Oklahoma judge strikes down multi-part abortion law

Oklahoma judge strikes down multi-part abortion law

[JURIST] Oklahoma state court judge Daniel Owens ruled [press release; docket] Friday that a state law [HB 1595, PDF], making it illegal for a doctor to perform an abortion based on the gender of a fetus and requiring numerous reporting requirements, violates the Oklahoma Constitution [text]. Owens found that the law, called the Statistical Reporting of Abortions Act, violated the constitutional requirement that a law cover only a single subject. Provisions of the law banned doctors from performing an abortion based on a women's desire for a baby of a specific sex, required doctors to ask a series of more than 35 questions inquiring into a woman's relationships and reasons for wanting an abortion, and set up a website that would have displayed demographics based on the information gathered. The law allowed for criminal charges against doctors who failed to report the information. Oklahoma legislators have said [Oklahoman report] they will work around the ruling by passing separate bills to cover each subject of the invalidated law.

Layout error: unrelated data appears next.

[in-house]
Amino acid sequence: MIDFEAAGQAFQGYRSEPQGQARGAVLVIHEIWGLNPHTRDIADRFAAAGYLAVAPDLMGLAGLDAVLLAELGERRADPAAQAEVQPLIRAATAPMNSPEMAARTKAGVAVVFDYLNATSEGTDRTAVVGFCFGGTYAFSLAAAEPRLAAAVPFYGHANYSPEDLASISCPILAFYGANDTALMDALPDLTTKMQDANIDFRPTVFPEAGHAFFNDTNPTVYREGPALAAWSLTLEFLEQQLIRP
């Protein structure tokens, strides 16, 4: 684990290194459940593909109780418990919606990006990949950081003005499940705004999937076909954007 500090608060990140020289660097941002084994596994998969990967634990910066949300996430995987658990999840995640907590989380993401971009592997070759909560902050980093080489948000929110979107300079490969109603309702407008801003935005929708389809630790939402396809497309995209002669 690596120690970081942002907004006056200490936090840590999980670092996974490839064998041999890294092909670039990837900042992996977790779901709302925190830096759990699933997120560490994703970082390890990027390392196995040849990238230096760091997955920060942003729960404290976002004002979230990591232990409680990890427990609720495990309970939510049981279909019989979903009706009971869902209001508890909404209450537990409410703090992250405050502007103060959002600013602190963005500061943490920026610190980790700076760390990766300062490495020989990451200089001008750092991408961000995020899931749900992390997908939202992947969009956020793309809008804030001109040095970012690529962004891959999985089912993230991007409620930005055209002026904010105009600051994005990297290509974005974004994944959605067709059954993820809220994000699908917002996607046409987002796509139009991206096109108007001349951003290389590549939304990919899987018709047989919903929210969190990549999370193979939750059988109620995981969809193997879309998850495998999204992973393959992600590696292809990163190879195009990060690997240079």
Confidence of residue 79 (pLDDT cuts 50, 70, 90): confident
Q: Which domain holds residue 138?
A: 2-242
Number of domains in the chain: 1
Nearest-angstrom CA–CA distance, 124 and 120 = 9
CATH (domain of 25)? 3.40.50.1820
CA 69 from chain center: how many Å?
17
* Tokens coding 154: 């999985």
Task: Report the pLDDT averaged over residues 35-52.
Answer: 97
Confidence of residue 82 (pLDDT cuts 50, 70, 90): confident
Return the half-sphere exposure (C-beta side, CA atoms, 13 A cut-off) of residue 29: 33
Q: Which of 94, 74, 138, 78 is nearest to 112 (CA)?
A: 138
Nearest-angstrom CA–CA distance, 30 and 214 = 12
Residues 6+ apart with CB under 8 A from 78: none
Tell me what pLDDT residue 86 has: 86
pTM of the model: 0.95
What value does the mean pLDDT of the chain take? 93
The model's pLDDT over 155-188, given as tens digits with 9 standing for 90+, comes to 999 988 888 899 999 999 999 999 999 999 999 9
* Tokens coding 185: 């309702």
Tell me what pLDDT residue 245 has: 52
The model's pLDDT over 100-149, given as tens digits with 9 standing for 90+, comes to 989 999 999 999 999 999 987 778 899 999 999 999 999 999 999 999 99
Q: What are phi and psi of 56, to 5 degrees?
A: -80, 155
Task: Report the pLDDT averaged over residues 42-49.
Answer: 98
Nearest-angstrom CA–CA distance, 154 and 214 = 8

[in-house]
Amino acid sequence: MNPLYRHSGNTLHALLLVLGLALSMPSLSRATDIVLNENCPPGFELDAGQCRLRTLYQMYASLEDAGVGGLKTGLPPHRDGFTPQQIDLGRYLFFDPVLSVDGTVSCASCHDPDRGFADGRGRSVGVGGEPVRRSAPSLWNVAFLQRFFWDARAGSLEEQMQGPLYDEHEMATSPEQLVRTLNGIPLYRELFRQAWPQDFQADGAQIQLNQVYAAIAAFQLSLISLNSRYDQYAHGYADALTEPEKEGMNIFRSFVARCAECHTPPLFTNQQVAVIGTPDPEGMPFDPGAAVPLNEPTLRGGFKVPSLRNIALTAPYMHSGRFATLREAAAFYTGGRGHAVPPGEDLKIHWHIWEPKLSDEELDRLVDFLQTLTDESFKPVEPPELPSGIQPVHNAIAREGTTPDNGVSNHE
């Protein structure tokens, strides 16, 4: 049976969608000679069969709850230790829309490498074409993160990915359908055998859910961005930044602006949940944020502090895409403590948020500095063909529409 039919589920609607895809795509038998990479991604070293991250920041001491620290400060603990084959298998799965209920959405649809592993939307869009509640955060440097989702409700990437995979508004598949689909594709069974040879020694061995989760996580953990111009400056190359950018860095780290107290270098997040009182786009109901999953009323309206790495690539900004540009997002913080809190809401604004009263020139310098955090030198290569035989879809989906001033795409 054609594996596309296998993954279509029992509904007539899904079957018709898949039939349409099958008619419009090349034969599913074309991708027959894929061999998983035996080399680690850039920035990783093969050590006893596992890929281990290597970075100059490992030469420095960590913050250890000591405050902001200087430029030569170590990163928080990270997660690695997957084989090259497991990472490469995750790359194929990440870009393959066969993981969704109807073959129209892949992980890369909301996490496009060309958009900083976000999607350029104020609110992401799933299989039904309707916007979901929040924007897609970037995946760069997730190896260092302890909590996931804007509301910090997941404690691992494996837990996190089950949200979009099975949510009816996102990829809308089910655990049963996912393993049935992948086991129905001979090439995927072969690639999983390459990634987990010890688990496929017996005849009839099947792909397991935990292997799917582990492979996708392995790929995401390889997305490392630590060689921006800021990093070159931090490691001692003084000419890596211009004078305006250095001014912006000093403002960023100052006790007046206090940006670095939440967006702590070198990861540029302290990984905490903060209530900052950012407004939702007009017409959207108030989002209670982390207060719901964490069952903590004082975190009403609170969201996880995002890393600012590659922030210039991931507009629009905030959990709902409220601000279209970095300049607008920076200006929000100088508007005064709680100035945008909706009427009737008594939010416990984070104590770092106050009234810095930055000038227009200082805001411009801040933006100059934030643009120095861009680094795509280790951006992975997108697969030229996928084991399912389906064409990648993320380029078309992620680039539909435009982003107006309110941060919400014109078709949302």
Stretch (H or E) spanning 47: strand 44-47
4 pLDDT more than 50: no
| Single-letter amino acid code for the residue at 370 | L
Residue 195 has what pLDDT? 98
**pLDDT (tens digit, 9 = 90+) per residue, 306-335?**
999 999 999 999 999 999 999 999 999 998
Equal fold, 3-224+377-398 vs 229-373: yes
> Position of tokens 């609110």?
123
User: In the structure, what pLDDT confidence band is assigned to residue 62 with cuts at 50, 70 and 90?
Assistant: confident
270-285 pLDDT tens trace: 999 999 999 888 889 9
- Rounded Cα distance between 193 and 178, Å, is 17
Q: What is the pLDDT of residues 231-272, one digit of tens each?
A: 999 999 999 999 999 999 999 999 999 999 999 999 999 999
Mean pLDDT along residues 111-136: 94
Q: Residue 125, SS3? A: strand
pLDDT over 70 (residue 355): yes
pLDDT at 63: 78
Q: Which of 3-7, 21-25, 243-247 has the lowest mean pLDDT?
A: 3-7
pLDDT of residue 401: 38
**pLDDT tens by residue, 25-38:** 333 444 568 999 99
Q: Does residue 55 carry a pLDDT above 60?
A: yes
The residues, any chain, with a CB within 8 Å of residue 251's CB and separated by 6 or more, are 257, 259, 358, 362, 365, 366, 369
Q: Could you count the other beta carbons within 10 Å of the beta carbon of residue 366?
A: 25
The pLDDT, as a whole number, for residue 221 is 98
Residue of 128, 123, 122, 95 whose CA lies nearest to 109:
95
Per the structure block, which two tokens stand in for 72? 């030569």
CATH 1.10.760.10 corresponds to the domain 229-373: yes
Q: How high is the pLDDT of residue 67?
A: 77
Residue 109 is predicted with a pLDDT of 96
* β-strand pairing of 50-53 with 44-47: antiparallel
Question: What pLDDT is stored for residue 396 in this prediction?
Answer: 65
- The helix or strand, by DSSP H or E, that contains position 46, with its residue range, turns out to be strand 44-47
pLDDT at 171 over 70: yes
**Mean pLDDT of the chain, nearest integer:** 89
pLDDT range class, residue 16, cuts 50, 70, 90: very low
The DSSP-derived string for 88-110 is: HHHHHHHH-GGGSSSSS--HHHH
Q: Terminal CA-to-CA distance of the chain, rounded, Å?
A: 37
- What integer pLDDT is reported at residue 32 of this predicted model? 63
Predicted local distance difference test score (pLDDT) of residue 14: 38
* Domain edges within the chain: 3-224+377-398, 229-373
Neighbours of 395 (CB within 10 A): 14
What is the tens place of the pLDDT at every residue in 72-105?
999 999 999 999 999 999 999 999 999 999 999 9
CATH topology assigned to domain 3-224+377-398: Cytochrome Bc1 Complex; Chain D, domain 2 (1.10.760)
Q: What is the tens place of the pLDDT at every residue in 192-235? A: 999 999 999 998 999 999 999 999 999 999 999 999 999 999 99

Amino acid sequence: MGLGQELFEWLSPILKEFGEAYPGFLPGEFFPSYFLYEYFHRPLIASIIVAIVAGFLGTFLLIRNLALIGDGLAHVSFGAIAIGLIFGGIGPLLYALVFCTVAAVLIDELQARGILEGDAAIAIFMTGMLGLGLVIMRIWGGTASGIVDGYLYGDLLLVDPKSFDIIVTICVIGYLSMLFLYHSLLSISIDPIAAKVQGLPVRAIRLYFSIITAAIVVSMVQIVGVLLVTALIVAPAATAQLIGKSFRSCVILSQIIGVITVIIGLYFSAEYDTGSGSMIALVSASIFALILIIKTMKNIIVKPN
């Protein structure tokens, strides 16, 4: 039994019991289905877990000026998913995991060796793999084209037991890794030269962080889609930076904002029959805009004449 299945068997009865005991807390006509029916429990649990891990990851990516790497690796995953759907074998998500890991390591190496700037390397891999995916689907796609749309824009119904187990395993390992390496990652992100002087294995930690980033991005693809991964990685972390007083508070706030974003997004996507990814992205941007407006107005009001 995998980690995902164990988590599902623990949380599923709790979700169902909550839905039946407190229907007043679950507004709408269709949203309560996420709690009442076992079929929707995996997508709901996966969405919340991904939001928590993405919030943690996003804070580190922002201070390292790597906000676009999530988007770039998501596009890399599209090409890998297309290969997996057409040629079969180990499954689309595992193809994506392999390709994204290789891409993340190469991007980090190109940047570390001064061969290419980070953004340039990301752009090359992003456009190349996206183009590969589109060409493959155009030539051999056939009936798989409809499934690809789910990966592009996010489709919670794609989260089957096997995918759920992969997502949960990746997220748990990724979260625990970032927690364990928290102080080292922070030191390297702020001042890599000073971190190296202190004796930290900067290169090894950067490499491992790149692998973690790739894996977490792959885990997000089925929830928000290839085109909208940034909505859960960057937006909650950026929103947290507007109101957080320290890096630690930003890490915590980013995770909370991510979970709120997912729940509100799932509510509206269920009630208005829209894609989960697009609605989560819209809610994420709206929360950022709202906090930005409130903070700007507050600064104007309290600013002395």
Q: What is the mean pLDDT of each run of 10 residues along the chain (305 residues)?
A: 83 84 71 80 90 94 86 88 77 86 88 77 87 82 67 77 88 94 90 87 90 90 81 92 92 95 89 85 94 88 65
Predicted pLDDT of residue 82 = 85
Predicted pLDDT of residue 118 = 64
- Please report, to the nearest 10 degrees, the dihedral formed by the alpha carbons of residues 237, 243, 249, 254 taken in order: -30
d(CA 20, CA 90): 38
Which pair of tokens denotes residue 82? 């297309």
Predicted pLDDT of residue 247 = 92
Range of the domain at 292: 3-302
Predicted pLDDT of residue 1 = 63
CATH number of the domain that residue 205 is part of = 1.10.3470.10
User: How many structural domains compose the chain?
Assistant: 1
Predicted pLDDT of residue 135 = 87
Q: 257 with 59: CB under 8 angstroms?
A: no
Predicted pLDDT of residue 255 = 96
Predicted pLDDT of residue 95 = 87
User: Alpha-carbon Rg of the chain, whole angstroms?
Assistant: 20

The law was challenged [petition, PDF] last year by the Center for Reproductive Rights [advocacy website] on behalf of two Oklahoma residents. In August a different state law [SB 1878, DOC] requiring women seeking an abortion to have an ultrasound within an hour of the procedure was found to be unconstitutional [JURIST report]. That legislation was declared to be invalid based on the same single subject requirement. Provisions of that law also included requirements for abortion clinic signs, the administration of an early-term abortion pill, and rules on lawsuits relating to abortions. That ruling has been appealed to the Oklahoma Supreme Court [official website].